In the weeks before my first day of high school, my dreams were plagued by horrors beyond imagining. I woke filled with dread from dreams about walking into school without my pants, without my shirt or shoes, without any clothes at all; dreams about walking around with my skirt tucked into my undies, trailed by people who pointed at me and laughed maniacally and I couldn’t figure out why; dreams that I got lost in the labyrinthine dark hallways of my new school; dreams that I couldn’t find my locker, or worse, that I couldn’t work the padlock on it. By the time school started, I was a bundle of nerves, almost too worried by the residual anxiety of weeks of haunted nights to preen in my cute plum and mustard plaid skirt and plum mock turtleneck with gold buttons up the back.
Those of you who are familiar with St. Matthew Lutheran High School are probably laughing hysterically now because you know in what ignorance my nightmares were founded. There was no chance I’d get lost: there were only four classrooms and really no hallways at all. There was no chance I would be unable to find my locker: there were only 96 of them, and each student got three. (Yeah, that's right: about 30 students total.) And no need to worry about padlock combinations: we didn’t have them. Apparently, nobody steals in a Lutheran school.
The saddest part of it all is that I had spent 180 days each year, preschool through eighth grade, just a parking lot away from the high school that had caused such trepidation. If only I had ventured inside that low brown building, I would have laid most of my fears to rest (except for the skirt in the undies trick, always a possibility for a girl as graceful as I). But here’s what I did learn: I have a very healthy fear of the unknown, really more like dread, and this dread often seeps into my nighttime subconscious.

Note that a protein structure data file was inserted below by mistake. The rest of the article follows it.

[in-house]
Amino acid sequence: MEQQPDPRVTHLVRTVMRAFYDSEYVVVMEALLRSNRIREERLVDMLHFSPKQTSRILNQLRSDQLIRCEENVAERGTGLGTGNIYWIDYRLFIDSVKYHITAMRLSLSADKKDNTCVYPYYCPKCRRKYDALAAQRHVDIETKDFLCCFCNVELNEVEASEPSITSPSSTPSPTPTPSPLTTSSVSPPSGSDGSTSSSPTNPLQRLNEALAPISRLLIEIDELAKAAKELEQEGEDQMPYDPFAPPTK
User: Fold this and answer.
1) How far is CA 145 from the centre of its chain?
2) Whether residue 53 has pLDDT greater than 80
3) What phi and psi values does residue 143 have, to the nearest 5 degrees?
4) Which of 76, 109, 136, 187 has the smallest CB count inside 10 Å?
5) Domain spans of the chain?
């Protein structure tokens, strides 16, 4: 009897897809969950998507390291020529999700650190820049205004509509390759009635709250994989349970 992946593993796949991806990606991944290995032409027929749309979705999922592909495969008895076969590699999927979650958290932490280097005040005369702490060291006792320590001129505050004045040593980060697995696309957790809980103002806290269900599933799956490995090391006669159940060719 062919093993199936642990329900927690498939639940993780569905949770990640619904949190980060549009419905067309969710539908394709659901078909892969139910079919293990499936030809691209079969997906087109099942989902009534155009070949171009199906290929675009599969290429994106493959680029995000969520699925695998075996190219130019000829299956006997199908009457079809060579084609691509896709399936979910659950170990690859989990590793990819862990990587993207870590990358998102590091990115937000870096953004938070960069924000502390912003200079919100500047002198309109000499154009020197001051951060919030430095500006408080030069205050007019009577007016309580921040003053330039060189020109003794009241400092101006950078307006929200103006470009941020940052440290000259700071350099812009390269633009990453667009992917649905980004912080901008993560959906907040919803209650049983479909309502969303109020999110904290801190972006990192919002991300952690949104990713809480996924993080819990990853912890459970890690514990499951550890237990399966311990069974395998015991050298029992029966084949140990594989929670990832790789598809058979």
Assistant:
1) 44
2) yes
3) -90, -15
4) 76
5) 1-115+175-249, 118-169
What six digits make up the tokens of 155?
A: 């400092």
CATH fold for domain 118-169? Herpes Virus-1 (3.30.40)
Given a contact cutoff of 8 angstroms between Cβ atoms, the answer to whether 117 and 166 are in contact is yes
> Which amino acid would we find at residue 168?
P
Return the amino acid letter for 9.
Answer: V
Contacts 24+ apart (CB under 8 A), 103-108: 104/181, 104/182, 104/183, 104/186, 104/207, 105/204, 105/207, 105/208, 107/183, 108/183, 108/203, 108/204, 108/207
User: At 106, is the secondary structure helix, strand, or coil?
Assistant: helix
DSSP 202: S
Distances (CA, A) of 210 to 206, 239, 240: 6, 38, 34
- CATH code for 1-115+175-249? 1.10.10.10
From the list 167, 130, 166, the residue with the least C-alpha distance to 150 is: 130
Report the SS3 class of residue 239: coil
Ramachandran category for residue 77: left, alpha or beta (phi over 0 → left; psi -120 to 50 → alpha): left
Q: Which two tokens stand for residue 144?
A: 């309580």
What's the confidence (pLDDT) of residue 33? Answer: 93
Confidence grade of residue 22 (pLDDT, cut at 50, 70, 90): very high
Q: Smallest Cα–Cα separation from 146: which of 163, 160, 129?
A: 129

So it’s no wonder that every year around August 15, for six years now, I start having the dreams. I have conducted a very scientific poll of two other teachers, and both of them claim to have similar dreams. I dream that I am stuck in a classroom with out of control students and my voice has shrunk to a whisper. I dream that they are jumping from one desk to another and swinging off the fluorescent lights. I dream that my phone won’t stop ringing, but I’m too afraid to pick it up because the noise level in the room is embarrassing. I dream that my students are throwing paper wads at me and it looks like snow, but it’s not pretty.
School starts tomorrow, and the dreams began a few weeks ago. They have been better this year than previous years, which may mean that I’m not as nervous about the first day of school as I was in previous years. Or maybe I’m just sleeping so soundly that the dreams aren’t sticking in my conscious memory. Whatever the case, the dreams have never come true. My dreaming mind is much more pessimistic than reality, and while I’m not excited about waking up before dawn tomorrow--and for 179 school days after that, I am excited about meeting my students and trying out some new ideas for writing and analyzing literature.
Here’s to a great school year! And no more bad school dreams.